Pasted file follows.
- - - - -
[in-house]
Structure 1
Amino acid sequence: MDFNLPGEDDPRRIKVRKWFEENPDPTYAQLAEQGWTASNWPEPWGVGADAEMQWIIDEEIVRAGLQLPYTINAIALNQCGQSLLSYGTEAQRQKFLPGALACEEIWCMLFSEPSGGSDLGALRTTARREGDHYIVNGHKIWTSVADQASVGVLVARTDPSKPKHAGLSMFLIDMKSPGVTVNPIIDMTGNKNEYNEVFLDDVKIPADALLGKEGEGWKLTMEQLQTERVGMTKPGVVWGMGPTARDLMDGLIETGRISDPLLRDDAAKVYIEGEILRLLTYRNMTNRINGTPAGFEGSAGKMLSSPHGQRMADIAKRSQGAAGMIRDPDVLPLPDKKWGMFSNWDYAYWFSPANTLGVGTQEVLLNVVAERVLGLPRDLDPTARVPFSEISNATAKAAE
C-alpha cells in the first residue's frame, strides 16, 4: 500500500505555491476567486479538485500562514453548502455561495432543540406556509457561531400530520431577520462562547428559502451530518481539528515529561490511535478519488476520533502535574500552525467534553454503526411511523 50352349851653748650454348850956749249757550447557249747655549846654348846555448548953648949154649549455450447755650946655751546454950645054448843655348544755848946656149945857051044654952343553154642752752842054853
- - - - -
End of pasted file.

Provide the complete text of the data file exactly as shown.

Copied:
[in-house]
Structure 1
Amino acid sequence: MDFNLPGEDDPRRIKVRKWFEENPDPTYAQLAEQGWTASNWPEPWGVGADAEMQWIIDEEIVRAGLQLPYTINAIALNQCGQSLLSYGTEAQRQKFLPGALACEEIWCMLFSEPSGGSDLGALRTTARREGDHYIVNGHKIWTSVADQASVGVLVARTDPSKPKHAGLSMFLIDMKSPGVTVNPIIDMTGNKNEYNEVFLDDVKIPADALLGKEGEGWKLTMEQLQTERVGMTKPGVVWGMGPTARDLMDGLIETGRISDPLLRDDAAKVYIEGEILRLLTYRNMTNRINGTPAGFEGSAGKMLSSPHGQRMADIAKRSQGAAGMIRDPDVLPLPDKKWGMFSNWDYAYWFSPANTLGVGTQEVLLNVVAERVLGLPRDLDPTARVPFSEISNATAKAAE
C-alpha cells in the first residue's frame, strides 16, 4: 500500500505555491476567486479538485500562514453548502455561495432543540406556509457561531400530520431577520462562547428559502451530518481539528515529561490511535478519488476520533502535574500552525467534553454503526411511523 50352349851653748650454348850956749249757550447557249747655549846654348846555448548953648949154649549455450447755650946655751546454950645054448843655348544755848946656149945857051044654952343553154642752752842054853